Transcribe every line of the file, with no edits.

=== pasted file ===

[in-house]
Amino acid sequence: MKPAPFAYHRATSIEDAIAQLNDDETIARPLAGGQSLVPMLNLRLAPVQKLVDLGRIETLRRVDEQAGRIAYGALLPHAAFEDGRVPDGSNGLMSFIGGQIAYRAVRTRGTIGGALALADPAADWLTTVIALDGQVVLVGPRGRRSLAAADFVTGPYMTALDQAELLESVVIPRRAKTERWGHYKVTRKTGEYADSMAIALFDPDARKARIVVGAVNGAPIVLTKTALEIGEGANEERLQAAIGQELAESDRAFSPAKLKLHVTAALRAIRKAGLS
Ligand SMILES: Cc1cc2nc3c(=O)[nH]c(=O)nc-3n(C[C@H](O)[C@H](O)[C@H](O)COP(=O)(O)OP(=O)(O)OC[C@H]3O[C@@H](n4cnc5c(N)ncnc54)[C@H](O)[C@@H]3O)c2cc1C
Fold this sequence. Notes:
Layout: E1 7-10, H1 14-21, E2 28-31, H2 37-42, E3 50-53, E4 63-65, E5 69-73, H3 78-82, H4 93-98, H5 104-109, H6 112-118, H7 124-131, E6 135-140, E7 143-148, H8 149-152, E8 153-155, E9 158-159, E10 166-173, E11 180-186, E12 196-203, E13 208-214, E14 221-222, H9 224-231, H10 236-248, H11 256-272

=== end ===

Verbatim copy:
[in-house]
Amino acid sequence: MKPAPFAYHRATSIEDAIAQLNDDETIARPLAGGQSLVPMLNLRLAPVQKLVDLGRIETLRRVDEQAGRIAYGALLPHAAFEDGRVPDGSNGLMSFIGGQIAYRAVRTRGTIGGALALADPAADWLTTVIALDGQVVLVGPRGRRSLAAADFVTGPYMTALDQAELLESVVIPRRAKTERWGHYKVTRKTGEYADSMAIALFDPDARKARIVVGAVNGAPIVLTKTALEIGEGANEERLQAAIGQELAESDRAFSPAKLKLHVTAALRAIRKAGLS
Ligand SMILES: Cc1cc2nc3c(=O)[nH]c(=O)nc-3n(C[C@H](O)[C@H](O)[C@H](O)COP(=O)(O)OP(=O)(O)OC[C@H]3O[C@@H](n4cnc5c(N)ncnc54)[C@H](O)[C@@H]3O)c2cc1C
Fold this sequence. Notes:
Layout: E1 7-10, H1 14-21, E2 28-31, H2 37-42, E3 50-53, E4 63-65, E5 69-73, H3 78-82, H4 93-98, H5 104-109, H6 112-118, H7 124-131, E6 135-140, E7 143-148, H8 149-152, E8 153-155, E9 158-159, E10 166-173, E11 180-186, E12 196-203, E13 208-214, E14 221-222, H9 224-231, H10 236-248, H11 256-272